Sasta Asla Trousers | Review - Outdoors Magic

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Sasta Asla Trousers | Review

A new pair of trousers that offer a traditional and eco-friendly approach to protection from the elements

Why We Chose The Sasta Asla Trousers: Tough, durable, eco-friendly, and great for long walks

Sasta make great trousers. We loved their winter-focussed Sasta Antons when they were released a couple of years ago and their lighter Kaarna pair went down a storm with our reviewers when they were released last year. For 2020 we have a new pair called Asla, and guess what? They’re good.

Who Are The Sasta Asla Trousers For?

Sasta are based within the Boreal forest of Finland and their products all reflect the demands that the environment there can impose. This particular item falls within their outdoor line (rather than the hunting or fishing ones) and is designed for hiking or bushcraft right the year round.


The main material is made from a blend of 65% recycled polyester and 35% organic cotton. Exactly the same blend that Fjällräven use for their extremely popular G-1000 products. Like Fjällräven, Sasta have also proofed the material with wax in order to add a level of water resistance. More specifically, it uses Nikwax’s Cotton Proof, an eco-friendly solution that can be reapplied quickly and easily at home.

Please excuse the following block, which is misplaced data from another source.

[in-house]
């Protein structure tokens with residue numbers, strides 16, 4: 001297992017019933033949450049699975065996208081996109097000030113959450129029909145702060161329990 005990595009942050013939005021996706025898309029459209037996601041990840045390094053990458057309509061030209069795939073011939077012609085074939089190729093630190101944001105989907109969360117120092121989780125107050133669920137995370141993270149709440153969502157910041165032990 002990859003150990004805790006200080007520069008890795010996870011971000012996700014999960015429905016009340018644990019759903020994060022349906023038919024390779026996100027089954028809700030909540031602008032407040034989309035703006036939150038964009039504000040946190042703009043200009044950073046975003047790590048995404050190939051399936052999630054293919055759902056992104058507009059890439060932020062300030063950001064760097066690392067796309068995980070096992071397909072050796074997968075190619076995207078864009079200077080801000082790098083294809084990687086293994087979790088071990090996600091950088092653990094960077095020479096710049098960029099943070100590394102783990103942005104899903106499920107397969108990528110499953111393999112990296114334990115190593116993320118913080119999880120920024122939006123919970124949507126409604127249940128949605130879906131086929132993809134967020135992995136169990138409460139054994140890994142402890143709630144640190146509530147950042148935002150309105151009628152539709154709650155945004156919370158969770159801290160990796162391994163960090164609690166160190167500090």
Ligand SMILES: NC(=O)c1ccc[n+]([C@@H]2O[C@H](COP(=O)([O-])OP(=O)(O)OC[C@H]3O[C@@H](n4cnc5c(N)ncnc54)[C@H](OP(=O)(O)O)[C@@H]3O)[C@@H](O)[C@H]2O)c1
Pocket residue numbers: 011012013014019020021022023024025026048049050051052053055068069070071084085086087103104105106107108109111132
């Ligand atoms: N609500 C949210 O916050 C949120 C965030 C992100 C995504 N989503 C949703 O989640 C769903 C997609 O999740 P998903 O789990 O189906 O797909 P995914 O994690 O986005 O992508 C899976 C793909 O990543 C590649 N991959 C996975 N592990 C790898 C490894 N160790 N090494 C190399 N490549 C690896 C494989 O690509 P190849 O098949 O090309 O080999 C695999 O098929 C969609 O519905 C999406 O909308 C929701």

“The main material is made from a blend of 65% recycled polyester and 35% organic cotton”

It’s an effective material, offering impressive durability alongside breathability and good resistance to light rain or snow (but not total waterproof protection). It’s not particularly insulating, so if you’re looking to wear these in winter, you’ll want to wear a decent baselayer underneath.

There are reinforcements on the knees, on the back and on the leg ends, all made from a blend of polyamide and Spandex.


Like last year’s Sasta Kaarna trousers, the fit here is quite slim, with a bit of volume to accommodate a baselayer but not enough to look or feel baggy. We thing we really liked was that the knees are moulded to give good, comfortable articulation when you’re striding or crouching.

The ankles have Velcro tabs on them for ankle adjustment. These do the job though we can see the patches getting a little clogged with seeds and fine brush etc eventually.

Up top, the waistband has no elastic but does have built loops, there’s a zipped and button-down fly and then there’s one single zipped pocket on the thigh that’s the right size of your phone and wallet but not quite big enough for an OS map.

The material blend is the same as what Fjalllraven use in their G1000 products. Photo: Mike Brindley
Sasta are based in Finland's Boreal forest. Photo: Mike Brindley
The ankles have Velcro adjustment tabs on them. Photo: Mike Brindley


These aren’t available in a women’s-specific fit though some of the sizes Sasta offer might fit some women. Three colours are available: dark olive, black and walnut.

At £190, they priced about the same as the similar options from Fjällräven. It’s not cheap but you’ll certainly be able to count on these lasting a long time, and, if you treat them as and when required with Nikwax’s Cotton Proof, they’ll carry on performing for you as well.

If you’re looking for something with the same levels of comfort and breathability but with slightly more weatherproofing and durability (and more pockets) you might want to consider Sasta’s other new release for 2020 which is called the Taiga.

Sasta Asla Trousers

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